By Sam Bush

Joe Morgan was near the end of his glorious career when he joined his old Cincinnati Reds mates Pete Rose and Tony Perez on the Phillies in 1983.

He only hit .230, but he had 16 home runs and 59 runs batted in for the National League champs who fell to the Baltimore Orioles in the World Series.

He died today at the age of 77.

Morgan was a two-time National League Most Valuable Player, a 10-time All-Star and a five-time Gold Glove Award winner. He is widely regarded as one of the best second basemen in baseball history and also gained renown for his 25-plus years as a broadcaster after his playing career.

Morgan had struggled with various health issues in recent years.

Morgan spent the majority of his 22-year career with the Reds and the Houston Astros franchise. Along with Rose and fellow Hall of Famers Johnny Bench and Perez, Morgan helped the Reds win back-to-back World Series championships in 1975 and 1976. Cincinnati also reached the World Series in 1972, Morgan’s first year with the Reds.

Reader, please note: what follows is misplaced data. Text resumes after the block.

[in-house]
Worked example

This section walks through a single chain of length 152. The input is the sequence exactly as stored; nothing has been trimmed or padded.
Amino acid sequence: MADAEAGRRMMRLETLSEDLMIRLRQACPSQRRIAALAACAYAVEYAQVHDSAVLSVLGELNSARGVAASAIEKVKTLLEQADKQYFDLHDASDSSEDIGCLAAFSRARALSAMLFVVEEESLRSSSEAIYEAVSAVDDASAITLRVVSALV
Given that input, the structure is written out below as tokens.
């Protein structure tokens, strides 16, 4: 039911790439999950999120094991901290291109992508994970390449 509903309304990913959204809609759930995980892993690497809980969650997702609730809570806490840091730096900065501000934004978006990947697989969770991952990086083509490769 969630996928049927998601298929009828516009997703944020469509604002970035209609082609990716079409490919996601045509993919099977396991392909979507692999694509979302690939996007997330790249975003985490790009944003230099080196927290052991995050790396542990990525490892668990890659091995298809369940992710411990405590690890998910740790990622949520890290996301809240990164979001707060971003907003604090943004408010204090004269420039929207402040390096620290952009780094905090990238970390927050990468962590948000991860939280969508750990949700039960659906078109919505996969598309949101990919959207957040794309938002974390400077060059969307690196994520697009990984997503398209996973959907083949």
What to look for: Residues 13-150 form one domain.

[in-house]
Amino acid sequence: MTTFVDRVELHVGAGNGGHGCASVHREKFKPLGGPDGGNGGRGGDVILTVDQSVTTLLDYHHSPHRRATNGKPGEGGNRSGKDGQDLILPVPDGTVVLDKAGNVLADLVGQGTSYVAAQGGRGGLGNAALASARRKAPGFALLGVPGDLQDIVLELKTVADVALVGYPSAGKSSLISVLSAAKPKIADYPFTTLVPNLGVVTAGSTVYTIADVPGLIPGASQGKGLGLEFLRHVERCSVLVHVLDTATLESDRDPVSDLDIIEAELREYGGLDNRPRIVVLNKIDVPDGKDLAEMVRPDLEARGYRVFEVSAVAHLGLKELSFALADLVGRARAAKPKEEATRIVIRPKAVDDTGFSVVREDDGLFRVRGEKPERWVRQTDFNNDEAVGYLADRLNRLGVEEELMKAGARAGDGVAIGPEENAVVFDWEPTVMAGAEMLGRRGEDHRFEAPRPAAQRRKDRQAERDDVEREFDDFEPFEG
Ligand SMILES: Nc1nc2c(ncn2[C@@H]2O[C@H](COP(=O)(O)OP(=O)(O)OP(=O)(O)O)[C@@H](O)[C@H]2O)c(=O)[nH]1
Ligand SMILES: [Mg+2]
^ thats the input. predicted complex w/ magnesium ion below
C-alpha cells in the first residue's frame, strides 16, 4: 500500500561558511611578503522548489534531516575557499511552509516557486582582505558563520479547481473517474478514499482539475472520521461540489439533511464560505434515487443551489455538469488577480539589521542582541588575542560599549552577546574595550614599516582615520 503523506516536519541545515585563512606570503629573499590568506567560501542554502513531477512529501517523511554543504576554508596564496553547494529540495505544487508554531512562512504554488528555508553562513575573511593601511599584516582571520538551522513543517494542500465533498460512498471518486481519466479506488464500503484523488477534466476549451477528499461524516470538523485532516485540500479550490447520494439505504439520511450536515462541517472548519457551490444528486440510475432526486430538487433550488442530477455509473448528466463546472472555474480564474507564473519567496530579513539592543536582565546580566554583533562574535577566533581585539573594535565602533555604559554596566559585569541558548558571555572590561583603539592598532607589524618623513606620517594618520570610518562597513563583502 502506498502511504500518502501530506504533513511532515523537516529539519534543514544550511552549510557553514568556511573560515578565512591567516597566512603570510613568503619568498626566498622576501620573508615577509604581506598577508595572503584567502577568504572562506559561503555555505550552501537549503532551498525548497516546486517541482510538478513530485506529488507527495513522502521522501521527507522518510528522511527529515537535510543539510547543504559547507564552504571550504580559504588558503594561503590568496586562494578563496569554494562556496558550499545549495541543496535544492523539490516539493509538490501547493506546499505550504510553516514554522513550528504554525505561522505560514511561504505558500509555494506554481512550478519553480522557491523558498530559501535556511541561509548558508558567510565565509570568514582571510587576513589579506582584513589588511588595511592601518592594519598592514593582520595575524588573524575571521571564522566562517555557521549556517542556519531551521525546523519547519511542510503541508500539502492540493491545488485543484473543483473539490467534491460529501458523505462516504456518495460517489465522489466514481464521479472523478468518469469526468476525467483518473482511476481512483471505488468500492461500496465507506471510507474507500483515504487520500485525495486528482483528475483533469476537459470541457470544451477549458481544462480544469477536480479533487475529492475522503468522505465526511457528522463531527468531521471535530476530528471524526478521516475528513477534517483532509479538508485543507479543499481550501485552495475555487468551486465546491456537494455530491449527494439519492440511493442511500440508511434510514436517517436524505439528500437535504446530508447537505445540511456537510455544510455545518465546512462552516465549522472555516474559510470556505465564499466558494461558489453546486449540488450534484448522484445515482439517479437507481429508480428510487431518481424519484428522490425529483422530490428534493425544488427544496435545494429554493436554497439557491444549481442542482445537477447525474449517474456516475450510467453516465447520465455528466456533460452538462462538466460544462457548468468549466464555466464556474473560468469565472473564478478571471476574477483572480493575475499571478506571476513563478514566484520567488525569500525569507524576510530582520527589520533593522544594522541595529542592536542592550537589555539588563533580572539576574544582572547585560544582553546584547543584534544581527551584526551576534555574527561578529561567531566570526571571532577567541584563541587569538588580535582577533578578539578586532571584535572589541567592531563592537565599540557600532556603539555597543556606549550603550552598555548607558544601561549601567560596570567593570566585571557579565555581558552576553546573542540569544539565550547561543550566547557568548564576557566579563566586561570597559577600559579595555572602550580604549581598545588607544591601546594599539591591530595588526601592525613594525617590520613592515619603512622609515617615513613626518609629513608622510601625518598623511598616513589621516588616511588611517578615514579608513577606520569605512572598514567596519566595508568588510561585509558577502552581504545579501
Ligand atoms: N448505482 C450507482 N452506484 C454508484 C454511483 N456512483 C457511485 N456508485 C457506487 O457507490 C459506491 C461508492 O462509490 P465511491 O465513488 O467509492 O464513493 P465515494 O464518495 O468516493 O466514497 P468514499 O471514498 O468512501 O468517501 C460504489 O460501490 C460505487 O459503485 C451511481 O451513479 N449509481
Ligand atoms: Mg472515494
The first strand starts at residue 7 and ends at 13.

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Morgan was the NL MVP in 1975 and 1976 and also was named an All-Star in each of his eight seasons with the Reds. He was a .271 career hitter with 268 home runs, 1,133 RBIs, 1,650 runs scored and 689 stolen bases, 11th-most in baseball history.

Morgan first played in the majors in 1963, when the Astros were the Houston Colt .45’s. He was traded to Cincinnati in November, 1971 as part of an eight-player deal and played the next eight years with the Reds.

After spending the 1980 season with Houston, Morgan also played with the San Francisco Giants, Phillies and Oakland Athletics late in his career before retiring after the 1984 season at the age of 41.

Morgan was inducted into the Baseball Hall of Fame in 1990. He started his broadcasting career in 1985 and worked at ESPN from 1999 to 2010, serving as a member of the network’s lead baseball broadcast team.